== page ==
Other slides in this set

Slide 2

Preview of page 2

Here's a taster:

It is a secondary epic:
An epic poem which self-consciously imitates the
earlier epic poetry of Greeks i.e. Homer.
Makes use of epic similes:
"in bulk as huge as whom the fables name of
monstrous size"
Shares similarities with earlier epics:
Satan's shield "hung on his shoulders like the moon" ­
the detailed description of a hero's shield also appears
in The Iliad.…read more

Slide 3

Preview of page 3

Here's a taster:

Milton referred to blank verse as "English Heroic Verse"
which could be seen to emphasise the heroic nature of his
Milton used alliteration and rhythm in order to try and revive
the poetic style of early English poetry.
The first part of Book II is structured as a debate, the
democratic nature of which contrasts with "the tyranny of
Heaven" which is often described.
The story begins in media res, like many other epics, and
this also increases the Gothic sense of uncertainty.…read more

Slide 4

Preview of page 4

Here's a taster:

Milton played a part in the English Civil War, signing the
death warrant of Charles I himself. This has led many to
believe Books I and II are an allegory for the Civil War, with
Satan in the role of Cromwell.
Milton was also a devout Puritan, the simplistic beliefs of
which come through in his warning against creating lavish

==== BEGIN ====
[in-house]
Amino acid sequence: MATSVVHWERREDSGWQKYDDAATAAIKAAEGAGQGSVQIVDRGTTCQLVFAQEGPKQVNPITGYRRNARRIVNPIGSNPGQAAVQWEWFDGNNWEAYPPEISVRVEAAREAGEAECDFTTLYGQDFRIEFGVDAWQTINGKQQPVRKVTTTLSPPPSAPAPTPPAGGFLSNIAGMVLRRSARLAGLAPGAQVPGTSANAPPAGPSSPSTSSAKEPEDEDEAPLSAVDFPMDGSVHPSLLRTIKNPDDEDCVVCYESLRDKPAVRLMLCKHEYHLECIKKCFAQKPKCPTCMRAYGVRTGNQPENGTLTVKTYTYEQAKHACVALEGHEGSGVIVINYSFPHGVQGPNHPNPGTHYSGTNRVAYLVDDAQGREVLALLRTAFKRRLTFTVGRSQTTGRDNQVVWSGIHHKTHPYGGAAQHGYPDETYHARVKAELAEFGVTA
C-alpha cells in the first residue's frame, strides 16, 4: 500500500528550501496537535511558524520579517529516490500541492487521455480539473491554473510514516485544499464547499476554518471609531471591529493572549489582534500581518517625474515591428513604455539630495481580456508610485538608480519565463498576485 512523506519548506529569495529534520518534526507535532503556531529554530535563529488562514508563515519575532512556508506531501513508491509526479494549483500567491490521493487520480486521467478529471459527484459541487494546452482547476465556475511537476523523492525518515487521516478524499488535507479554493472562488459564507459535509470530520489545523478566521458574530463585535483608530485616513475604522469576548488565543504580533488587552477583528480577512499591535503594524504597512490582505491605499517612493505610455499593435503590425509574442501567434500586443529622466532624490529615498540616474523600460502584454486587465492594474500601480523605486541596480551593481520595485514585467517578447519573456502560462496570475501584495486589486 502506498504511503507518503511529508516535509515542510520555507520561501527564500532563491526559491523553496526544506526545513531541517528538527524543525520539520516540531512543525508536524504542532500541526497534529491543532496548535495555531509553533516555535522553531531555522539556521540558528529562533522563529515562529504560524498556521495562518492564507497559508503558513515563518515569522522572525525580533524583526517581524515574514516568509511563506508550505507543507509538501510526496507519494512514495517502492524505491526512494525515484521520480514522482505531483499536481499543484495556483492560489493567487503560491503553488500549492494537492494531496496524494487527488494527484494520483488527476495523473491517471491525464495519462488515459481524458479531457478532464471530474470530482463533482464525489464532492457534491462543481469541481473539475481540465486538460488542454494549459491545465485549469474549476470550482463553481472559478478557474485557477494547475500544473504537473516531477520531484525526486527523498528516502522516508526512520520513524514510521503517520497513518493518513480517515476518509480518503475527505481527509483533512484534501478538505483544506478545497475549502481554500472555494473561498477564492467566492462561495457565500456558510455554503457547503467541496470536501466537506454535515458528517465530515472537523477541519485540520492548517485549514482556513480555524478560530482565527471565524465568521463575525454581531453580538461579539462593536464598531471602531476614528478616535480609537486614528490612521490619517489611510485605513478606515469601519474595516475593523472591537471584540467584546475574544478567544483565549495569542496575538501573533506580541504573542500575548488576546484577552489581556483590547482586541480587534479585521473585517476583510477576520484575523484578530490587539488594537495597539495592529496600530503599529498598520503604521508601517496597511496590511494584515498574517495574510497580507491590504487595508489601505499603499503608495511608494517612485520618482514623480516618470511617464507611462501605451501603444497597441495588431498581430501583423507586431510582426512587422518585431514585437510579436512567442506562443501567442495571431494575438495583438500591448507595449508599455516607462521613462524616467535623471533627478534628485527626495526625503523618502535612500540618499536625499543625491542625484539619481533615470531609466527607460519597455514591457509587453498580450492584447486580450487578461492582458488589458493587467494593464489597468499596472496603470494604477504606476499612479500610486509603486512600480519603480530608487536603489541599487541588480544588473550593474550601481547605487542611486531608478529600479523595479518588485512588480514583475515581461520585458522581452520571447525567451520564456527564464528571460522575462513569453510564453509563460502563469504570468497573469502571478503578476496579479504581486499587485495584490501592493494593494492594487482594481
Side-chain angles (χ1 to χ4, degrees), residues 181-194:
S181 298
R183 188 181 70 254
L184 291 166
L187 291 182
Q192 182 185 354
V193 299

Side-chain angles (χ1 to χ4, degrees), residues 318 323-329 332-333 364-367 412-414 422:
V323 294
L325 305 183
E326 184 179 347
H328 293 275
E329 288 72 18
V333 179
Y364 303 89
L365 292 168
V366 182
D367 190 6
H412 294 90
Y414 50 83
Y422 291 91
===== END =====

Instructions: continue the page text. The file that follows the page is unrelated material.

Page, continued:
temples, that "strength and art are easily outdone by spirits
Satan has often been likened to Machiavelli's ideal Prince,
as a ruler who is cruel and ruthless.…read more

Slide 5

Preview of page 5

Here's a taster:

Milton was "of the Devil's party without knowing it"
William Blake
Milton "will put some glorious thing in Satan's mouth,
and then, anxious about the effect of it, will pull us
gently by the sleeve, saying `Do not be carried away by
this fellow; he sounds splendid, but take my word for
A.J.A. Waldock…read more

Slide 6

Preview of page 6

Here's a taster:

"There is no doubt that Milton influenced many texts which
can be classed as Gothic"
A. Baldwin
"It is a mistake to suppose that [Satan] could ever have
been intended for the popular personification of evil."
The Romantic Poet Shelley
Satan bears "a striking resemblance to Machiavelli's ideal
Riebling…read more

Slide 7

Preview of page 7
Preview of page 7



A good coverage of the key features; visually interesting and a good revision tool for the bedroom wall! Use your own knowledge to add to the information already provided.

Similar English Literature resources:

See all English Literature resources »See all resources »